Courses & Colleges Count
The above cases highlight the t
remendous potential for law students. But students should choose courses carefully. Moreover, it’s critical to select the appropriate university because the right faculty and facilities make a big difference in how well the students later perform professionally.
For example, simply understanding the intricacies of law won’t assure fulsome success. An emphasis on soft skills is pivotal because a lawyer should be well versed in presenting arguments in a cogent manner. Without proper presentation skills, a case could be undermined. Understanding this, select universities have a separate department offering soft skills training to law aspirants. Also, reputed colleges ensure
around 20% lectures are delivered by visiting faculty renowned in their field.
Another imperative lies in mastering one or more foreign languages. For students (or parents) wondering why foreign languages would be helpful for law aspirants, some elaboration is in order. Energy Law is a popular practice in some regions such as the Gulf. The Middle East has always been volatile, the dynamics of oil-based economies being one of the causes. Some students may prefer a foreign stint of a few years – for instance, in Saudi Arabia – because the high packages abroad help accumulate immense savings that traditionally take a decade or more in India.
In such a scenario, knowledge of Arabic will tilt the scales in favour of candidates knowing Arabic. What’s more, the candidate can be paid higher emoluments since s/he knows the local language. Therefore, students should select institutions offering courses with an international flavour. Most courses can be done after completing 10+2.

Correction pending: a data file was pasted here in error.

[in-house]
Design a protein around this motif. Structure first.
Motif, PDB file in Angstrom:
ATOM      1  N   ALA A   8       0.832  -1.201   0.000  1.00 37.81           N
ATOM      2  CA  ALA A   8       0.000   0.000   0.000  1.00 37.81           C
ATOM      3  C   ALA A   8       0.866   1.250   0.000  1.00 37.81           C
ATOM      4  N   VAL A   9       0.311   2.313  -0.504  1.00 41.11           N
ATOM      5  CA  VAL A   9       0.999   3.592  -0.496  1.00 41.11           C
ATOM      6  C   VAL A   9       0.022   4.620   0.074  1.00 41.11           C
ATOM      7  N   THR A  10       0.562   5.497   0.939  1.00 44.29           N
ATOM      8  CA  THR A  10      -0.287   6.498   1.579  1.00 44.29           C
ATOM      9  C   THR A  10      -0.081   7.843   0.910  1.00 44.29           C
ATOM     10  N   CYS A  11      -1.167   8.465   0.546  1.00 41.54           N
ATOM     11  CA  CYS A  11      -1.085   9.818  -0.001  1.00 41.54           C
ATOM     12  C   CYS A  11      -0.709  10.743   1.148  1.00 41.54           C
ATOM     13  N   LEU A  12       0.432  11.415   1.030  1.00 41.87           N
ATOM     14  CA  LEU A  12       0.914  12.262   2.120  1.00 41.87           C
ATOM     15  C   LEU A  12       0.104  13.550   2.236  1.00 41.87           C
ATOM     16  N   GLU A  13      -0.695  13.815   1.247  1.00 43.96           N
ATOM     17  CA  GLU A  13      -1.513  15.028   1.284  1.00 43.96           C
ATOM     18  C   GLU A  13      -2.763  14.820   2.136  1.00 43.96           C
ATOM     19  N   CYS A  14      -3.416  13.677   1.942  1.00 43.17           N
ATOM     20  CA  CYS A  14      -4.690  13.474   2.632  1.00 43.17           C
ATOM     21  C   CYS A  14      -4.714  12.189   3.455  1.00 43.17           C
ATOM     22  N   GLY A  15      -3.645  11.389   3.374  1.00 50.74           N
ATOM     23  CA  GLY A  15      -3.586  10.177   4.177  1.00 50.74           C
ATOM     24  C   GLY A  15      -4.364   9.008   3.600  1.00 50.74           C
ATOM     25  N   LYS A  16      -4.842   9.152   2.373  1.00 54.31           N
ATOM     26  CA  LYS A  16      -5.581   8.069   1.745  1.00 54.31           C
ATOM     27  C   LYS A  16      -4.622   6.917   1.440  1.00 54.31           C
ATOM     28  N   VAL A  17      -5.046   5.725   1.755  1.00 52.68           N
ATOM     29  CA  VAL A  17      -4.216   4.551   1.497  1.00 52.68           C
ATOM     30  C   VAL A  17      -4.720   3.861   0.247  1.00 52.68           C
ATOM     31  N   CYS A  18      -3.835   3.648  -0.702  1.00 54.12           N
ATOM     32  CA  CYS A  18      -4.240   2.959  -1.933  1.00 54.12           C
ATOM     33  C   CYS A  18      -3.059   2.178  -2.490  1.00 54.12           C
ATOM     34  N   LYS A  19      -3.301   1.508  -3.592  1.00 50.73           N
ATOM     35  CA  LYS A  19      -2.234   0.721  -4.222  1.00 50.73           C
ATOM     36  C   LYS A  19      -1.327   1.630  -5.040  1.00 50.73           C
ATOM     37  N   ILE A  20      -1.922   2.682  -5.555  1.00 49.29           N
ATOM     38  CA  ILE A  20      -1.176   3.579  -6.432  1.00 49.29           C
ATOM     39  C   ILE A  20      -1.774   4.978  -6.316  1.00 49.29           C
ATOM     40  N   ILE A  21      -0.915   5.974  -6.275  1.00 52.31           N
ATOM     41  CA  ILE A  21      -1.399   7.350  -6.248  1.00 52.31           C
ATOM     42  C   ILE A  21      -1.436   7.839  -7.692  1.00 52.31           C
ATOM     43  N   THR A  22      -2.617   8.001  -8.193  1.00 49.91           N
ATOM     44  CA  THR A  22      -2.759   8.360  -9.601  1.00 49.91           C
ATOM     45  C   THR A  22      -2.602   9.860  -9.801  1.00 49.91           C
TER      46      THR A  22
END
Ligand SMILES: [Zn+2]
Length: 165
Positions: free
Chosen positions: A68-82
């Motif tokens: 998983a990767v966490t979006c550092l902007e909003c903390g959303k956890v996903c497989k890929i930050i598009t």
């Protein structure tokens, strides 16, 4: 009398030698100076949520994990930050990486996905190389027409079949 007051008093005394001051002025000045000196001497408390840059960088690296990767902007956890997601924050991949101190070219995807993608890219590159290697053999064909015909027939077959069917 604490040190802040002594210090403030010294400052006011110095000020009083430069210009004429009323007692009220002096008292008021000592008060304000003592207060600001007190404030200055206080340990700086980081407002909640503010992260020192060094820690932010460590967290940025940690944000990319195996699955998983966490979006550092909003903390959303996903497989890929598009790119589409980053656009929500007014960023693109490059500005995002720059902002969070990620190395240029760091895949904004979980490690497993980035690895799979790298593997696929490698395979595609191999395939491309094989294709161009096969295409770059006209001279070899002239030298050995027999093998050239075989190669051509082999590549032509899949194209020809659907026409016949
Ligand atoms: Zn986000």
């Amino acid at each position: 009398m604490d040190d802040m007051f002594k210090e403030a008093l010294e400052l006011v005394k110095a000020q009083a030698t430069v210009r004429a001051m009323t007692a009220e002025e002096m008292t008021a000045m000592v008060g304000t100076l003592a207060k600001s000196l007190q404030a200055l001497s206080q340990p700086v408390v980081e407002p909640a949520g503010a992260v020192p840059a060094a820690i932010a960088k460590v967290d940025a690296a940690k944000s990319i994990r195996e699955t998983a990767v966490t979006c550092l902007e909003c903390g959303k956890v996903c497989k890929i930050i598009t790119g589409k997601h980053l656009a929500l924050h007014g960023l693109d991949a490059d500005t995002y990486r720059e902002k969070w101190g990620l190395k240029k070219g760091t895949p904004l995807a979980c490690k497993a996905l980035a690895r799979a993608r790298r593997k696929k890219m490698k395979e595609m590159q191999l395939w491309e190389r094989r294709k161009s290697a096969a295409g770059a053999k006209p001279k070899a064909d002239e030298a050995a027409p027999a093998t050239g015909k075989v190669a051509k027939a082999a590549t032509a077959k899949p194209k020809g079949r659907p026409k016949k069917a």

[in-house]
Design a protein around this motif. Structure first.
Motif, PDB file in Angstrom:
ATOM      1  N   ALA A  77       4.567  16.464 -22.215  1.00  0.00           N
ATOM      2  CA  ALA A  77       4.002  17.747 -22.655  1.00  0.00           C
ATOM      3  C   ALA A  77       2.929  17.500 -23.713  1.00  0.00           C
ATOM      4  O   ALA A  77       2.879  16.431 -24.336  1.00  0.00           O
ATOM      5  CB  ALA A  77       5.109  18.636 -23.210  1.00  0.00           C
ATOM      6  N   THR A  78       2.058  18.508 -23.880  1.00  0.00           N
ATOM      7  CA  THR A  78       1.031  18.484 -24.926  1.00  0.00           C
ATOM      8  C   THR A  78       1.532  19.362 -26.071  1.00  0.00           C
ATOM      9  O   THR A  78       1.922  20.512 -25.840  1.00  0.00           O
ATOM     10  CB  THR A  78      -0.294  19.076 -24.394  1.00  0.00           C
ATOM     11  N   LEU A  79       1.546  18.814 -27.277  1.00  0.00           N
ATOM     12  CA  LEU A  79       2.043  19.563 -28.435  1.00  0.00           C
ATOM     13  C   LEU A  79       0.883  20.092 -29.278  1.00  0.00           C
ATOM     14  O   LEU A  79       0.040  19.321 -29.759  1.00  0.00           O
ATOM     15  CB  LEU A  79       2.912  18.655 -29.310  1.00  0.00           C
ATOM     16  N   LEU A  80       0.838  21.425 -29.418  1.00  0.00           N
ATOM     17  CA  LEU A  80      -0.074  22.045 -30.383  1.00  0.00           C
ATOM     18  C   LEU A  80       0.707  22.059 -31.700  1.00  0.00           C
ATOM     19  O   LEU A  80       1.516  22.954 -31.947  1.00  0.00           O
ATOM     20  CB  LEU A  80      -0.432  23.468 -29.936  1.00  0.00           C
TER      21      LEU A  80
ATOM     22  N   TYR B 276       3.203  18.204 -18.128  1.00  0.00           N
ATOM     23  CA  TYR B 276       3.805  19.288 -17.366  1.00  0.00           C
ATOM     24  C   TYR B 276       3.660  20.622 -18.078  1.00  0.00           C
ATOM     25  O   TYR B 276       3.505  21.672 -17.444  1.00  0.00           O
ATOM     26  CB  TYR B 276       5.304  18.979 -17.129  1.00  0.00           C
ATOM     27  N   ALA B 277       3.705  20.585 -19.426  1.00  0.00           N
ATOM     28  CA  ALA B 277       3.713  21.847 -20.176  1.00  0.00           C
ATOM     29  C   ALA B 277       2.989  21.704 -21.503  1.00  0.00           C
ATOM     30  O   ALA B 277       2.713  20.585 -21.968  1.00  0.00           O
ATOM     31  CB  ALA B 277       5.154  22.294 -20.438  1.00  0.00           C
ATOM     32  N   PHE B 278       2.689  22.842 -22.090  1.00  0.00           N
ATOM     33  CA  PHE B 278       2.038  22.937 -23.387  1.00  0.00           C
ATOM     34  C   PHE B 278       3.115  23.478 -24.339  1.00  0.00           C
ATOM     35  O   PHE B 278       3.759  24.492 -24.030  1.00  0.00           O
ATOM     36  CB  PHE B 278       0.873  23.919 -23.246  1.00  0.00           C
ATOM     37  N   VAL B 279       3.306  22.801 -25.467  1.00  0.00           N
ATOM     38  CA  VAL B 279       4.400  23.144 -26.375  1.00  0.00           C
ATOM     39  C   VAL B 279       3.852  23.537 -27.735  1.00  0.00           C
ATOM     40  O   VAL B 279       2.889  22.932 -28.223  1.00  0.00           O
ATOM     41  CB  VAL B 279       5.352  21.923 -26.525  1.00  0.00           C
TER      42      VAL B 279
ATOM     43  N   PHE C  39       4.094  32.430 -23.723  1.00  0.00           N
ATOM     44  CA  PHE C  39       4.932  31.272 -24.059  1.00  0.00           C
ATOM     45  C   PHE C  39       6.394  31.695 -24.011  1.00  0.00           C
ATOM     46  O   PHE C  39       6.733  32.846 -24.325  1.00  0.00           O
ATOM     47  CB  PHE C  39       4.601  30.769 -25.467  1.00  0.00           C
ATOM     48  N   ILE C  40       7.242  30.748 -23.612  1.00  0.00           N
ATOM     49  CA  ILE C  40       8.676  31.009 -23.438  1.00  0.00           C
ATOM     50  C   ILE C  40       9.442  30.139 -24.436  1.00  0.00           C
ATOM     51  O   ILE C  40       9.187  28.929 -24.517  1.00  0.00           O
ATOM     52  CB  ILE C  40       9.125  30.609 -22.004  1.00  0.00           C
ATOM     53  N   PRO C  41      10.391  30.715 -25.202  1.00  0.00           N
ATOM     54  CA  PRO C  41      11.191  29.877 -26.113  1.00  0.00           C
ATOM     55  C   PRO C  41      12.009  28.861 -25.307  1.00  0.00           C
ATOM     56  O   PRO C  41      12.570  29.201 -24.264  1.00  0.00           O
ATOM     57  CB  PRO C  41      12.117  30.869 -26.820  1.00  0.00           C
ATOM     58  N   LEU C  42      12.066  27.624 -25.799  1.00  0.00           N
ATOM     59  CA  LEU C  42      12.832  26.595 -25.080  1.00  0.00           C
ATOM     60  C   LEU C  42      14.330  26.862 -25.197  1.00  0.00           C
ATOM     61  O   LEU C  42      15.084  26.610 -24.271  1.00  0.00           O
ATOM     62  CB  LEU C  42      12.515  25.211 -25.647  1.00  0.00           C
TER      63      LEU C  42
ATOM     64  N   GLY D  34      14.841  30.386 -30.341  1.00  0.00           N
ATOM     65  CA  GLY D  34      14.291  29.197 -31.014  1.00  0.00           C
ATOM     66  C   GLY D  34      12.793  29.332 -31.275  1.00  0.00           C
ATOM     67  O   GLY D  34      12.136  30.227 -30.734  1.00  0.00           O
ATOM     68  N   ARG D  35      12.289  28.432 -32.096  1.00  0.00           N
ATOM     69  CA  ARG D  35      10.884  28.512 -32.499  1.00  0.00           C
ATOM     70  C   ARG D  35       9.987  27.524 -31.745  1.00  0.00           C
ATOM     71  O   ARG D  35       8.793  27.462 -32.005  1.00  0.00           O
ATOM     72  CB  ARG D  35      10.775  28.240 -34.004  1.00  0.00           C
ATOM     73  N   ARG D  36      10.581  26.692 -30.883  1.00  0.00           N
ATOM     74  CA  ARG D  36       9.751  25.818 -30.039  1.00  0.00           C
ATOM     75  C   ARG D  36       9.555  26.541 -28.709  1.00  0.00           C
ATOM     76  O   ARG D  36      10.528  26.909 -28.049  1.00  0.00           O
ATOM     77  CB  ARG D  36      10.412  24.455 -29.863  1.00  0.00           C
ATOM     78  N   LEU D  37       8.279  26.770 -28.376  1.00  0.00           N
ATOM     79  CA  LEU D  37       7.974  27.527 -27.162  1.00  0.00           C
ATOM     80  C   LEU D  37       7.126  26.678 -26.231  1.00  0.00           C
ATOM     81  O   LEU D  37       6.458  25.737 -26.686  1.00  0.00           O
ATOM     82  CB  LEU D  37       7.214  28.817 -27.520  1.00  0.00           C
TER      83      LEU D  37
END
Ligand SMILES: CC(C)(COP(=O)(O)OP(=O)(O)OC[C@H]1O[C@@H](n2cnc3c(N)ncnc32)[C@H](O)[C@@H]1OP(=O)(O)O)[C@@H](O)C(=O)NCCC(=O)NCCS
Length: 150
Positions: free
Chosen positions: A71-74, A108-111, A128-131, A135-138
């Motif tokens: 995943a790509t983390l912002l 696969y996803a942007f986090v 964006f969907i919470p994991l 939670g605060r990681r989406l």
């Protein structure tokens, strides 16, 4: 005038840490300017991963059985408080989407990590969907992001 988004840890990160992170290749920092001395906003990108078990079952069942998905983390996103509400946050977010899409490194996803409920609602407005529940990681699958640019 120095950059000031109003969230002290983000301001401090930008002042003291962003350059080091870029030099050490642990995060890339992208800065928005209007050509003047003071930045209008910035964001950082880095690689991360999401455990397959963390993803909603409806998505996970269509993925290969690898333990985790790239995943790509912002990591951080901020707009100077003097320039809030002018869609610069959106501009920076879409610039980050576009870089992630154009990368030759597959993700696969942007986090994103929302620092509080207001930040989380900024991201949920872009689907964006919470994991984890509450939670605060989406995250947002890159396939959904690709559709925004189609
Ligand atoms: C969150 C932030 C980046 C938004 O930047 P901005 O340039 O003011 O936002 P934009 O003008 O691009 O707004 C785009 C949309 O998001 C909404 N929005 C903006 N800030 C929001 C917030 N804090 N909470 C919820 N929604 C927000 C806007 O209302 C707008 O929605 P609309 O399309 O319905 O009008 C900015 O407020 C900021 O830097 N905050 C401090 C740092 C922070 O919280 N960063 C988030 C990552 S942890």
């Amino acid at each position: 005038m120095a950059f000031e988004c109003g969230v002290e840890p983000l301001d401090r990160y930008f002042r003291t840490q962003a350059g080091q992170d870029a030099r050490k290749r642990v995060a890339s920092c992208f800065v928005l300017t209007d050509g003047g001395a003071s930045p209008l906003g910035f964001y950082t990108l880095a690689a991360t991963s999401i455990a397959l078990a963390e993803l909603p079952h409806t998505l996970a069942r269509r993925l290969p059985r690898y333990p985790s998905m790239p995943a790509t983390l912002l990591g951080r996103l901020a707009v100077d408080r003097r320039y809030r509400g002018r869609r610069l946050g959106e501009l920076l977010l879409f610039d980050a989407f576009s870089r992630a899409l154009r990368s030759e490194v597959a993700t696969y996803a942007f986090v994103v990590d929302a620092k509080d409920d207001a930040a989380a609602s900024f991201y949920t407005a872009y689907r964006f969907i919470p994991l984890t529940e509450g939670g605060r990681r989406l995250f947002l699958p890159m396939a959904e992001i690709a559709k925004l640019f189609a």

Presently, the demand for students with a law background is growing in many companies, including banking, insurance, finance, FMCG, pharma and healthcare, the services, etc. Here, openings are available in the company’s legal cell. Candidates also have the option of joining specialised law firms, depending upon their background. Those with financial resources can also open their own practice.
Finally, choosing the right college assumes significance since some reputed ones offer assured placement in certain courses. Additionally, prominent companies visit their campus annually to hire candidates. During such visits, the career prospects are clarified to aspiring candidates, who are assured of robust starting packages.
Such students also secure better internship openings with some of the best companies, including foreign law firms. Excellent performance during internship could likely lead to a full-time opening at the company.
In summation, the sky is the limit vis-à-vis the prospects of ambitious law students.
The writer is Professor-cum-Director (College of Legal Studies) – UPES
# # #
 Rise in cyber crime in India: ASSOCHAM-PwC study, Business Standard, 18 January 2017